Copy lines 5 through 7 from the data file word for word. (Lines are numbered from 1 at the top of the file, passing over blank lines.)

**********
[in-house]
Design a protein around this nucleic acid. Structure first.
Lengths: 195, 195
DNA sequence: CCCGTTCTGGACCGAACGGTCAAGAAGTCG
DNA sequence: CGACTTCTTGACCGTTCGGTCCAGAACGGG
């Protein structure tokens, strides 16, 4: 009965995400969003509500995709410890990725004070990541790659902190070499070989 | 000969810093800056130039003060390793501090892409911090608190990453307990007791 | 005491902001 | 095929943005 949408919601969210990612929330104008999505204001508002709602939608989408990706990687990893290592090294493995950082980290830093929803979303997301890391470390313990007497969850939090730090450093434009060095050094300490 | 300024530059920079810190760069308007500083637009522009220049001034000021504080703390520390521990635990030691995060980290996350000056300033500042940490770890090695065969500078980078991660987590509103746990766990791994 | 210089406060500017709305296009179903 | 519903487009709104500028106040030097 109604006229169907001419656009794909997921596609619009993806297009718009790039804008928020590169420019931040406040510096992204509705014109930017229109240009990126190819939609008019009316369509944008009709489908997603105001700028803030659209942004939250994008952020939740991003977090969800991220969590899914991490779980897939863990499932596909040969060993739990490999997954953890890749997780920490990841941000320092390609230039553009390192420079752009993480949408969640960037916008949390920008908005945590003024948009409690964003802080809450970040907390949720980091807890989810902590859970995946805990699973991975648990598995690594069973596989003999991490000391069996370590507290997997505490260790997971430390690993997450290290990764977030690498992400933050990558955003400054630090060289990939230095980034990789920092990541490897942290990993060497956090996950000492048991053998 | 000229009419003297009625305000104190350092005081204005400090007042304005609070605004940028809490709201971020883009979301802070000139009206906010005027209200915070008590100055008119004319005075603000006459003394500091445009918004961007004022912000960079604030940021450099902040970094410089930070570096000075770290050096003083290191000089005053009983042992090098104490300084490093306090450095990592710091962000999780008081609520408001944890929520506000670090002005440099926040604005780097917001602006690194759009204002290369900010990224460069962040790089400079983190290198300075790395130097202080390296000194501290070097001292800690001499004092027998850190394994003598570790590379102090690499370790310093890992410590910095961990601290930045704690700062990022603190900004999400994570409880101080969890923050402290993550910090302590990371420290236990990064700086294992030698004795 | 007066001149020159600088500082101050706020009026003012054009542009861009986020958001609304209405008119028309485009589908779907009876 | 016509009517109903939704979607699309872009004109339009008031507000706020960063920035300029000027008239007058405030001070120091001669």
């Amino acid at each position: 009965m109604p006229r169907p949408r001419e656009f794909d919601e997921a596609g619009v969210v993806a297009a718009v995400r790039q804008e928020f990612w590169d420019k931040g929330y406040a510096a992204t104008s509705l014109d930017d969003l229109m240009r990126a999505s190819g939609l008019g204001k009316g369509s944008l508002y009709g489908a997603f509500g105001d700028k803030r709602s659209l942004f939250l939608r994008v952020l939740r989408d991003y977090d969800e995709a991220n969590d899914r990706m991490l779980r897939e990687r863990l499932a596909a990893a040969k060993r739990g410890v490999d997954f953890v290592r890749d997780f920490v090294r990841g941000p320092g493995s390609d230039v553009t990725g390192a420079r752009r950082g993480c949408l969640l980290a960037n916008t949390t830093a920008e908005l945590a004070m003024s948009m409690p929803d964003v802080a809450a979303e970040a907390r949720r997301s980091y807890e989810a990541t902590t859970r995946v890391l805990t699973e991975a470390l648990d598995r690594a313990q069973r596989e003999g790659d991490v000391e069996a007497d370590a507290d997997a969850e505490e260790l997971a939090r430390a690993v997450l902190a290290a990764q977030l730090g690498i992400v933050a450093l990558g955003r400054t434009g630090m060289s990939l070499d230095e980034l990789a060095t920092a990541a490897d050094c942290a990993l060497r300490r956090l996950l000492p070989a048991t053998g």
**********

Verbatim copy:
DNA sequence: CGACTTCTTGACCGTTCGGTCCAGAACGGG
């Protein structure tokens, strides 16, 4: 009965995400969003509500995709410890990725004070990541790659902190070499070989 | 000969810093800056130039003060390793501090892409911090608190990453307990007791 | 005491902001 | 095929943005 949408919601969210990612929330104008999505204001508002709602939608989408990706990687990893290592090294493995950082980290830093929803979303997301890391470390313990007497969850939090730090450093434009060095050094300490 | 300024530059920079810190760069308007500083637009522009220049001034000021504080703390520390521990635990030691995060980290996350000056300033500042940490770890090695065969500078980078991660987590509103746990766990791994 | 210089406060500017709305296009179903 | 519903487009709104500028106040030097 109604006229169907001419656009794909997921596609619009993806297009718009790039804008928020590169420019931040406040510096992204509705014109930017229109240009990126190819939609008019009316369509944008009709489908997603105001700028803030659209942004939250994008952020939740991003977090969800991220969590899914991490779980897939863990499932596909040969060993739990490999997954953890890749997780920490990841941000320092390609230039553009390192420079752009993480949408969640960037916008949390920008908005945590003024948009409690964003802080809450970040907390949720980091807890989810902590859970995946805990699973991975648990598995690594069973596989003999991490000391069996370590507290997997505490260790997971430390690993997450290290990764977030690498992400933050990558955003400054630090060289990939230095980034990789920092990541490897942290990993060497956090996950000492048991053998 | 000229009419003297009625305000104190350092005081204005400090007042304005609070605004940028809490709201971020883009979301802070000139009206906010005027209200915070008590100055008119004319005075603000006459003394500091445009918004961007004022912000960079604030940021450099902040970094410089930070570096000075770290050096003083290191000089005053009983042992090098104490300084490093306090450095990592710091962000999780008081609520408001944890929520506000670090002005440099926040604005780097917001602006690194759009204002290369900010990224460069962040790089400079983190290198300075790395130097202080390296000194501290070097001292800690001499004092027998850190394994003598570790590379102090690499370790310093890992410590910095961990601290930045704690700062990022603190900004999400994570409880101080969890923050402290993550910090302590990371420290236990990064700086294992030698004795 | 007066001149020159600088500082101050706020009026003012054009542009861009986020958001609304209405008119028309485009589908779907009876 | 016509009517109903939704979607699309872009004109339009008031507000706020960063920035300029000027008239007058405030001070120091001669």
């Amino acid at each position: 009965m109604p006229r169907p949408r001419e656009f794909d919601e997921a596609g619009v969210v993806a297009a718009v995400r790039q804008e928020f990612w590169d420019k931040g929330y406040a510096a992204t104008s509705l014109d930017d969003l229109m240009r990126a999505s190819g939609l008019g204001k009316g369509s944008l508002y009709g489908a997603f509500g105001d700028k803030r709602s659209l942004f939250l939608r994008v952020l939740r989408d991003y977090d969800e995709a991220n969590d899914r990706m991490l779980r897939e990687r863990l499932a596909a990893a040969k060993r739990g410890v490999d997954f953890v290592r890749d997780f920490v090294r990841g941000p320092g493995s390609d230039v553009t990725g390192a420079r752009r950082g993480c949408l969640l980290a960037n916008t949390t830093a920008e908005l945590a004070m003024s948009m409690p929803d964003v802080a809450a979303e970040a907390r949720r997301s980091y807890e989810a990541t902590t859970r995946v890391l805990t699973e991975a470390l648990d598995r690594a313990q069973r596989e003999g790659d991490v000391e069996a007497d370590a507290d997997a969850e505490e260790l997971a939090r430390a690993v997450l902190a290290a990764q977030l730090g690498i992400v933050a450093l990558g955003r400054t434009g630090m060289s990939l070499d230095e980034l990789a060095t920092a990541a490897d050094c942290a990993l060497r300490r956090l996950l000492p070989a048991t053998g």